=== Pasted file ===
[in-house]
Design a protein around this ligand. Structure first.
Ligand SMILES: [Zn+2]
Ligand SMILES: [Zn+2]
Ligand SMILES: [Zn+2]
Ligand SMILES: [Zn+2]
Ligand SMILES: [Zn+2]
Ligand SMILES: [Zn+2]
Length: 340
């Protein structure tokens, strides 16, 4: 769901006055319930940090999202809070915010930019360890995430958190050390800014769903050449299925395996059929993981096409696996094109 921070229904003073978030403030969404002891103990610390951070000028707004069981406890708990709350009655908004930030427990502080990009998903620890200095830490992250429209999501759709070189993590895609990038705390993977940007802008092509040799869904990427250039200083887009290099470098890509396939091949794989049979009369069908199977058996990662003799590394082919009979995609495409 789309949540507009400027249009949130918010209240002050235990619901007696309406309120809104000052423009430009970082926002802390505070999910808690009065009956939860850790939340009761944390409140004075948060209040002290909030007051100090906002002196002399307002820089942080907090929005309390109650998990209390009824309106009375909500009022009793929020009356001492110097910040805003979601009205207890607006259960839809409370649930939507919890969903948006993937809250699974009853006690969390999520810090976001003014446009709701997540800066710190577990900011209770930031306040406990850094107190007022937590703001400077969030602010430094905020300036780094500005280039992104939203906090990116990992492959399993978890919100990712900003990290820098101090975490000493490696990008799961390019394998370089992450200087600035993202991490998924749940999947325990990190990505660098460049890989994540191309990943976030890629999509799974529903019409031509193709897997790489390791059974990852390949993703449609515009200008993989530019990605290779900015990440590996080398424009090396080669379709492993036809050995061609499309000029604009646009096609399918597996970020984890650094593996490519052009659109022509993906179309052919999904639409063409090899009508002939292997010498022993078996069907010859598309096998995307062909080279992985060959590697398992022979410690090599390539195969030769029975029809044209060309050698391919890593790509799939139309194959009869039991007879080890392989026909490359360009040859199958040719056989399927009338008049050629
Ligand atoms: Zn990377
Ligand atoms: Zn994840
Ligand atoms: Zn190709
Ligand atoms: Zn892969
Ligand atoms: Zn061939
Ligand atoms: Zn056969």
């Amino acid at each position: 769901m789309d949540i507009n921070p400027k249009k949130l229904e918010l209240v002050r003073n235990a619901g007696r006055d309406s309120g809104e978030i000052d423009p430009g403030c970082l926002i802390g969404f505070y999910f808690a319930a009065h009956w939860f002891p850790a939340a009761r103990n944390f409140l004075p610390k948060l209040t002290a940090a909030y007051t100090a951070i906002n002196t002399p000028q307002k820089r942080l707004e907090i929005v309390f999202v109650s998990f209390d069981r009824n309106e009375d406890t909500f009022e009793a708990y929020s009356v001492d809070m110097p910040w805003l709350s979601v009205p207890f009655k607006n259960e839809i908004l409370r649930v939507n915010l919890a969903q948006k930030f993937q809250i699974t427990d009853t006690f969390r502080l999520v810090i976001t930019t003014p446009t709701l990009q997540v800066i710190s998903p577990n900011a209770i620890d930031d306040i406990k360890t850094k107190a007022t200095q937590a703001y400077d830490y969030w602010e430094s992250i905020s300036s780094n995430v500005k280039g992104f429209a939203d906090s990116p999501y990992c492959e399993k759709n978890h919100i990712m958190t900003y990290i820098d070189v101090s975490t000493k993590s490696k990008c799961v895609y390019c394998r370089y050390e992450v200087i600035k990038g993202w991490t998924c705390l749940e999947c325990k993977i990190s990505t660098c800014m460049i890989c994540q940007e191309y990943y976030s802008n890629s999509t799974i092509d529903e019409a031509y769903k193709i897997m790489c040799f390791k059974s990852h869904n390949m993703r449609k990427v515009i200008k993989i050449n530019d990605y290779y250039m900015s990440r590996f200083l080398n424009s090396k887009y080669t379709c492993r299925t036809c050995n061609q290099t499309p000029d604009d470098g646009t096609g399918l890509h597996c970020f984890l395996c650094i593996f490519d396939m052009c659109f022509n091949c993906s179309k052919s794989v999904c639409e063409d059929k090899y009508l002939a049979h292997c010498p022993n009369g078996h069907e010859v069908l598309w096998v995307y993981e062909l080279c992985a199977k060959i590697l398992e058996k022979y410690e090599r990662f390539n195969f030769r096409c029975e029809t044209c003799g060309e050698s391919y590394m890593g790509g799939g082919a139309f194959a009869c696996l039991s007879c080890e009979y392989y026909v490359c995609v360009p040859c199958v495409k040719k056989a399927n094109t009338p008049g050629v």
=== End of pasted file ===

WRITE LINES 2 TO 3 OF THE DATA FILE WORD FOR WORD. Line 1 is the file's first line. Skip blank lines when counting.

Design a protein around this ligand. Structure first.
Ligand SMILES: [Zn+2]